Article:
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Tuesday Day Five in New York

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Another day spent exploring and wandering the culturally rich and diverse streets of New York. Some neighborhoods that have survived more than a century are shrinking and others are swallowing them up. We took the subway down to SoHo in the morning and then walked  around many of the historic neighborhoods. Little Italy is now only about three blocks long, having been overtaken to a large degree by Chinatown.

Lombardi's in Little Italy.

I found it interesting to see representatives from each of the Italian restaurants, on the street, enticing customers to come in for lunch. This was done in a much classier way than what we’ve come to expect from street marketers. Keep in mind these are all white linen table cloth establishments, not fast food.

We wandered out of Little Italy, into Chinatown and leisurely walked along Canal Street. Most tourist know Canal Street as the knock-off shopping meca. Not much has changed. Although, the strip we walked seemed less claustrophobic  then I remember from the past. Stall after stall of scarves, purses and perfume. Jewelry and watches galore… but many people were offering to take you to secret rooms for most of the knock-offs. A few years ago they were out on the open street– everywhere.

We had an enjoyable lunch, back in Little Italy at the historic Lombardi’s Coal Oven Pizza. It was very good. I have a fondness for New York pizza over Chicago pizza. I’ve never had bad pizza in New York. Lombardi’s was good but I still think I prefer John’s Pizza the most.

A view of the High Line.

After lunch, we stopped for dessert at a little shop called Rice to Riches, with an amazing array of rice pudding options. Who knew?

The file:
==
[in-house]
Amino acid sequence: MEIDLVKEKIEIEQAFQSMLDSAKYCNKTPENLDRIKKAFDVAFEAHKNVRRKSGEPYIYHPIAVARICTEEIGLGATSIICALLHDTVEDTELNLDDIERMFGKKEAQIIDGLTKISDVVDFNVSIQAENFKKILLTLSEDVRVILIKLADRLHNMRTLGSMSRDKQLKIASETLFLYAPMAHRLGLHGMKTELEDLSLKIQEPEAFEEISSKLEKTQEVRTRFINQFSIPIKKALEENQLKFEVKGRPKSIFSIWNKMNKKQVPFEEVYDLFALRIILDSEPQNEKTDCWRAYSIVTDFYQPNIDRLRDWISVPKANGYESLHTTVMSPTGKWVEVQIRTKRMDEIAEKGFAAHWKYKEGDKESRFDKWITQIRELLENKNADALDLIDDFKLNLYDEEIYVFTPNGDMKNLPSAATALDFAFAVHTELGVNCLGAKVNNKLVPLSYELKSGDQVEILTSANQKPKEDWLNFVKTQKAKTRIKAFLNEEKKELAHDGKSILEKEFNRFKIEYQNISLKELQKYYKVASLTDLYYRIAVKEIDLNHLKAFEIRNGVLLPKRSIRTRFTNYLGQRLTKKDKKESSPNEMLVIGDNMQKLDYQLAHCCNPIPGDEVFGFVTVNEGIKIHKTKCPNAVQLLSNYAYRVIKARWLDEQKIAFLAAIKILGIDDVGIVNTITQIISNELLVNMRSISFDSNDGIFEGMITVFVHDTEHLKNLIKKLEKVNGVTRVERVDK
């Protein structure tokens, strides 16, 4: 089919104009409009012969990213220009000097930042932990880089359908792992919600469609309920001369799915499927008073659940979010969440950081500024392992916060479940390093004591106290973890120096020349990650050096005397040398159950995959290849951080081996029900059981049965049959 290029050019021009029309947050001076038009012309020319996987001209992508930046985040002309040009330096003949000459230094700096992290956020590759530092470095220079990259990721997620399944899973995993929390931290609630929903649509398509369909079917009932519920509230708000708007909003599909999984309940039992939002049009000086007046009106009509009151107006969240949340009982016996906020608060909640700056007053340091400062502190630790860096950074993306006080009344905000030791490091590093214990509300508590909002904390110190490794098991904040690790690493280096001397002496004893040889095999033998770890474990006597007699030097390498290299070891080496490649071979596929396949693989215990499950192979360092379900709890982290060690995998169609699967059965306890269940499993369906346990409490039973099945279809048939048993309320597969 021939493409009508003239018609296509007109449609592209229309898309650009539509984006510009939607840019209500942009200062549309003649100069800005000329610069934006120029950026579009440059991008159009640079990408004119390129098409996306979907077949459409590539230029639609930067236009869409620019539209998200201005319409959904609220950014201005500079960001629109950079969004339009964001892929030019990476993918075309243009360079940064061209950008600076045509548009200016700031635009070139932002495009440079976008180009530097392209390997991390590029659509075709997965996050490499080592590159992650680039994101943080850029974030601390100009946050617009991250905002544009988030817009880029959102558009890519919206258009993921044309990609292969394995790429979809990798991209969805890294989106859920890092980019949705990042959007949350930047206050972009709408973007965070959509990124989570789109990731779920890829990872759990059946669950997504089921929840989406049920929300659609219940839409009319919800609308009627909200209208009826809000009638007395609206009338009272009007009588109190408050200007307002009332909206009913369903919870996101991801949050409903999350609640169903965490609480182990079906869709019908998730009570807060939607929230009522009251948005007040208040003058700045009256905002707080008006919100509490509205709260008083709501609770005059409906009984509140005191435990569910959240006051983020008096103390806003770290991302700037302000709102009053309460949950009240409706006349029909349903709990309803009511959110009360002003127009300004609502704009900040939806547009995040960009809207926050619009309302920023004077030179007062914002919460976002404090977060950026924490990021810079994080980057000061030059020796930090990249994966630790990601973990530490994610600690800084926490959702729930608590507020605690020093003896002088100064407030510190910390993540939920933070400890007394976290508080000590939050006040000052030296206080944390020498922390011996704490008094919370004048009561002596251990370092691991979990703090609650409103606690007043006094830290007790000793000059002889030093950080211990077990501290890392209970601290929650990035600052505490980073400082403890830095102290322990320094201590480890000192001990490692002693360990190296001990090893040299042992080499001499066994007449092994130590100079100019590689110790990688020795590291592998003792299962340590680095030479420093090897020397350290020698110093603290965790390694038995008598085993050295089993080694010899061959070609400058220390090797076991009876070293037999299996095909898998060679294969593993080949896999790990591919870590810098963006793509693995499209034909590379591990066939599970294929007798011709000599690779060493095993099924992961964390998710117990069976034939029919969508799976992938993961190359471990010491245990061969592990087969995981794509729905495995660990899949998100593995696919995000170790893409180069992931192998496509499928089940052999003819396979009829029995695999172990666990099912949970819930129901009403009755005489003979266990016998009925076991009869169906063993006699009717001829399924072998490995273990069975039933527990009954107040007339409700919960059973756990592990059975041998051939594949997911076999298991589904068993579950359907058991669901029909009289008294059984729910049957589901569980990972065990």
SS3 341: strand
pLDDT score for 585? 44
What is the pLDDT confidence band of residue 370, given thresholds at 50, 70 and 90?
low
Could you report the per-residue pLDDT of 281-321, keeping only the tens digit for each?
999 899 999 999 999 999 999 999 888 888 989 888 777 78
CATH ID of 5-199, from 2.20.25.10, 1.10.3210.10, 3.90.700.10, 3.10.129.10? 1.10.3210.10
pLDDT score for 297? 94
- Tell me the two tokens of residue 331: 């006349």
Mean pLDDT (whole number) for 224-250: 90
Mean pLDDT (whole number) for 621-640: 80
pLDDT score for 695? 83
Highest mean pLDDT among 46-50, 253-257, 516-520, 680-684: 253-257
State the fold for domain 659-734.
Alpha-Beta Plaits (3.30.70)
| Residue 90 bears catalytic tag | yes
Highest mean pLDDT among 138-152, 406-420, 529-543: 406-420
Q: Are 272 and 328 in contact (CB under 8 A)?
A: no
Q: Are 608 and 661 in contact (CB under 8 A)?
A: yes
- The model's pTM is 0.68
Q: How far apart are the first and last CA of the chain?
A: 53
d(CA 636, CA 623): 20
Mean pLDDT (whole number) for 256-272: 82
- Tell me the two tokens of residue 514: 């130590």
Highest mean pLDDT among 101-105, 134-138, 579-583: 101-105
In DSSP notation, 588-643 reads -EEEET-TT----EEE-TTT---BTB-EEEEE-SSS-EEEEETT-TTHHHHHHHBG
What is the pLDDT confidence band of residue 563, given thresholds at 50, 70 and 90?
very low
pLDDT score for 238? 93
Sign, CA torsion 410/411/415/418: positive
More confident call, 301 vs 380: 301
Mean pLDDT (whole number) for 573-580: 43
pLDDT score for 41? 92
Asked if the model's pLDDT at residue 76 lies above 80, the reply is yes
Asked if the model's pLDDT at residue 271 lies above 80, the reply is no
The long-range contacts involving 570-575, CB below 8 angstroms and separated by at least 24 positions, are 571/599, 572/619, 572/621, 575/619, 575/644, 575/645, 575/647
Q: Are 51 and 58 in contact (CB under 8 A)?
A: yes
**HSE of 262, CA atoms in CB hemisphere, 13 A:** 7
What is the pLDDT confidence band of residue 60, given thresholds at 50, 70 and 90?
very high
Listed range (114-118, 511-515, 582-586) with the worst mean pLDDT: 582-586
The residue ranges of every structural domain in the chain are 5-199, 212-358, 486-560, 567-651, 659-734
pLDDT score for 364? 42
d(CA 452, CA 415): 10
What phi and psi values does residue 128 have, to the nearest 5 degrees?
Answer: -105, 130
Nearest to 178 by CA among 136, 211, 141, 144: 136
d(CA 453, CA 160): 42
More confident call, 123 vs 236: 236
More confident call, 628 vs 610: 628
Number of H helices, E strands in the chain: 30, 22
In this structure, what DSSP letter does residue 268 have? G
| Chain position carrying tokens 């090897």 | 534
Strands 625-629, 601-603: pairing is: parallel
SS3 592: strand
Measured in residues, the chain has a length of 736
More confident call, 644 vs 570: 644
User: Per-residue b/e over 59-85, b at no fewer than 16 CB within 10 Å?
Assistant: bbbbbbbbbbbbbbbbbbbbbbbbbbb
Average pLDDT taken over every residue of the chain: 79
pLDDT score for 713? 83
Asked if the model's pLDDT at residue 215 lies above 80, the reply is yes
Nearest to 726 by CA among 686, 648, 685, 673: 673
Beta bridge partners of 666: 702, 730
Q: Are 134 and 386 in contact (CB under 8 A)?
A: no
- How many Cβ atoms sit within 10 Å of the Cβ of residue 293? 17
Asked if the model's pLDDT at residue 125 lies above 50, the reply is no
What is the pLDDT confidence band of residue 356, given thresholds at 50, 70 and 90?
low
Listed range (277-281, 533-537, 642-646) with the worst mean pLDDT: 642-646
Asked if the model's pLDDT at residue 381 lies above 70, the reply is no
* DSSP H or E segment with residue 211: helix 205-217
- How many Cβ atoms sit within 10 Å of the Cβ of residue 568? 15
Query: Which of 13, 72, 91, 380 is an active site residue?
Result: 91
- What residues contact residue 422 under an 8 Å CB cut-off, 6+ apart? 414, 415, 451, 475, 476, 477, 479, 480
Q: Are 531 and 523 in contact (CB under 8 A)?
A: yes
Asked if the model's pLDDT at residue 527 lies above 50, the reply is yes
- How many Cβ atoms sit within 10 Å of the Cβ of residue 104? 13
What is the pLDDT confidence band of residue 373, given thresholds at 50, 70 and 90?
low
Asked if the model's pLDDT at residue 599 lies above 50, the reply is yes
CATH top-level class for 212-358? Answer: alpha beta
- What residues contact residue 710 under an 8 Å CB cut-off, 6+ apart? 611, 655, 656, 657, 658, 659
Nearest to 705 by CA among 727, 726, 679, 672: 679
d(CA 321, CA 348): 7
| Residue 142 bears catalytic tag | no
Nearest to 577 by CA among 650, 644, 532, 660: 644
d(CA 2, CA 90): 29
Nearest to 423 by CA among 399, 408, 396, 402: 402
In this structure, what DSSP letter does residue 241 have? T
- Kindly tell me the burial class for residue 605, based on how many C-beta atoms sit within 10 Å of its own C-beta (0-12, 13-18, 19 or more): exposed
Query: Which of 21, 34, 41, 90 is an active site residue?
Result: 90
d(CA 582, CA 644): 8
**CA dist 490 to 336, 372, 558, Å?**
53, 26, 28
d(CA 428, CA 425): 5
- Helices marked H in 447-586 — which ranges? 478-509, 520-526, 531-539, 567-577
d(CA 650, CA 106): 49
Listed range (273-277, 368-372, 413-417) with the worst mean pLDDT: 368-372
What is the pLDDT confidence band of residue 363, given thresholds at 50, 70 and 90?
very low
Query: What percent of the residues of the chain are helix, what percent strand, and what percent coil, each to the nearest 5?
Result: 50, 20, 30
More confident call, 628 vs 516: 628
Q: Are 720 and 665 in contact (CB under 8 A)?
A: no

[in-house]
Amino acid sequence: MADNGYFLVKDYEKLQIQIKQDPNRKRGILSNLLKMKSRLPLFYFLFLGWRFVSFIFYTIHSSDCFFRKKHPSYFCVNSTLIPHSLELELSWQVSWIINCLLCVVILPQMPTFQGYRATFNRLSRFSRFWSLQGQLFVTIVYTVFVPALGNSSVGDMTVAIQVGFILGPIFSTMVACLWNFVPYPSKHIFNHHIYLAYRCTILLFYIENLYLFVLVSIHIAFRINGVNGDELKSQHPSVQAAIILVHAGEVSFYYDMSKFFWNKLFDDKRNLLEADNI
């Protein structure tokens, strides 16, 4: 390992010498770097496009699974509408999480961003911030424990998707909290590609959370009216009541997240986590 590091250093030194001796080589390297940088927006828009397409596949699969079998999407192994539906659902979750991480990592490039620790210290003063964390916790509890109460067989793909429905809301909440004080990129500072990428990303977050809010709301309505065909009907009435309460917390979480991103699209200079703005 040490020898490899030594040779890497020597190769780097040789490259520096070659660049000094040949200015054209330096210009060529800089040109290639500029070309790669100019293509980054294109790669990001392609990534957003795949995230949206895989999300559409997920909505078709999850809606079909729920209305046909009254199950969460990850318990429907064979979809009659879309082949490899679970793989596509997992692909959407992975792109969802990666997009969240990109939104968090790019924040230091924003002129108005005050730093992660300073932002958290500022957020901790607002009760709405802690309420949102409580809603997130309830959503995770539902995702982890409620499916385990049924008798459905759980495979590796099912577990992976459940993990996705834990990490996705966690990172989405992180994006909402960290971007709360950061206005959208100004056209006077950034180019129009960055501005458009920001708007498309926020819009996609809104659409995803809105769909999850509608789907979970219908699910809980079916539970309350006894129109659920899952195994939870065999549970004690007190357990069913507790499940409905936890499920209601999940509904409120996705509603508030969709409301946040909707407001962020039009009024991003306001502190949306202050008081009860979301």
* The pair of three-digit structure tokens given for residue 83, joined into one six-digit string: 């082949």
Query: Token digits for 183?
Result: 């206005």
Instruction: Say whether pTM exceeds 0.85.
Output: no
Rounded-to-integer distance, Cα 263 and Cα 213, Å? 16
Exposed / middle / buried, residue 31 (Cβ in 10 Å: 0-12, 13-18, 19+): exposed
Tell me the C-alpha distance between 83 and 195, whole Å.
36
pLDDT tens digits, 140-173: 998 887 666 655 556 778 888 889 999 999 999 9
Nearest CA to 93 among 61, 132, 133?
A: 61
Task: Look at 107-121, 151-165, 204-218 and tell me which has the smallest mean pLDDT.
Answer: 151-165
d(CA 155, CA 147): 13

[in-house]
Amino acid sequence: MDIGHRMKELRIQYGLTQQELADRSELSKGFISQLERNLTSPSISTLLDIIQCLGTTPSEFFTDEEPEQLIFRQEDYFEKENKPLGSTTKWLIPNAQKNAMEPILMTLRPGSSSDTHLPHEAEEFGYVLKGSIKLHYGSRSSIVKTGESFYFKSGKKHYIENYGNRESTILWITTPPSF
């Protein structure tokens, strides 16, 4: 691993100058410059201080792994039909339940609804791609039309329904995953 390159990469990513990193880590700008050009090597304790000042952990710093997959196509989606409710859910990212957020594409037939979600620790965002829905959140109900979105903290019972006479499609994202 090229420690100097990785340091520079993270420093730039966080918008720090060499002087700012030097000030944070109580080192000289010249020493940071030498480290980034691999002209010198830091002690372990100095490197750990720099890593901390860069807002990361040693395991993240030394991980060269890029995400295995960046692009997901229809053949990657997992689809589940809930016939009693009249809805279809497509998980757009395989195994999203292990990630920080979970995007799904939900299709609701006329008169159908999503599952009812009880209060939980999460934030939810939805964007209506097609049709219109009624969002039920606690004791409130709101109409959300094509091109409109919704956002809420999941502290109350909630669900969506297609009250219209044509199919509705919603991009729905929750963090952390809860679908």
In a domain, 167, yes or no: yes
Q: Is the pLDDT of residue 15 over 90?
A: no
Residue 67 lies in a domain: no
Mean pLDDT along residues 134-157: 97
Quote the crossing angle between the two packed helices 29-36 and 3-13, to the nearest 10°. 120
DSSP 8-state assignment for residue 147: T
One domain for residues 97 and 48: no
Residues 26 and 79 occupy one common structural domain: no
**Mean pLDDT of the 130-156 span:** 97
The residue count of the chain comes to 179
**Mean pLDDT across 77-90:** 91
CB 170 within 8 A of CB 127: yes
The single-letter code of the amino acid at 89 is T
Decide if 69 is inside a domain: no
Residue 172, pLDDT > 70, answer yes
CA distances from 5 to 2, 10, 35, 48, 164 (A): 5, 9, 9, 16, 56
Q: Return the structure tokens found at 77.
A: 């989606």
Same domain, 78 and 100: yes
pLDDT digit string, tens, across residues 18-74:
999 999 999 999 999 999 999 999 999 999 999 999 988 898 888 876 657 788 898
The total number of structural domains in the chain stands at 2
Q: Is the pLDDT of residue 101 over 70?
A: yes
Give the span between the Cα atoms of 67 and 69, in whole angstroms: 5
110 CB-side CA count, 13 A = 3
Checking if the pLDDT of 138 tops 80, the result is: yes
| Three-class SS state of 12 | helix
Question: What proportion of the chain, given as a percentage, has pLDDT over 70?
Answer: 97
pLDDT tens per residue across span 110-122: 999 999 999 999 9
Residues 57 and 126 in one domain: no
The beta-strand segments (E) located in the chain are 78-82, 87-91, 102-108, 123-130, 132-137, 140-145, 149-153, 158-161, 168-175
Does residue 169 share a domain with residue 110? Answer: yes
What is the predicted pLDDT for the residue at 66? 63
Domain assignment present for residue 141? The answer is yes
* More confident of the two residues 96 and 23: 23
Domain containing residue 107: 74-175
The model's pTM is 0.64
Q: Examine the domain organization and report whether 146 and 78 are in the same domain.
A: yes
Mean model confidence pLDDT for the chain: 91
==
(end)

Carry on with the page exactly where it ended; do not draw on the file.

Our target destination for the day was a relatively new attraction called the High Line. First, we explored the world famous Chelsea Market. Michael ended up buying an interesting array of handmade soaps there.

The High Line was a unique and new find for us. It is basically a reclaimed strip of historic, elevated freight train track, re-purposed as a park and green space. It runs from Gansevoort Street in the Meatpacking District to West 34th Street, between 10th & 11th Avenues on the west side. It’s an excellent relaxing alternative to Central Park with some excellent views of the city. There are spaces for concerts, benches for relaxing and viewing, and miles of peaceful walking.

We headed back to the theatre district for our Tuesday night show, Priscilla Queen of the Desert. This was not a show we’d originally put on our list but after several friends had recommended it, we added it to our schedule of shows. Its been running for a while and we thought we should see it now rather than taking a chance of missing it, if it were to close before our next visit.

My quote: “With a four foot mirror (disco) ball and flying divas… how can you go wrong?” Adapted from a movie of the same title, Priscilla is an entertaining production full of tunes from the 80’s and 90’s. It’s a jukebox musical– with a plot. High Art– it’s not. This is just pure, good, foot-tapping entertainment.

 


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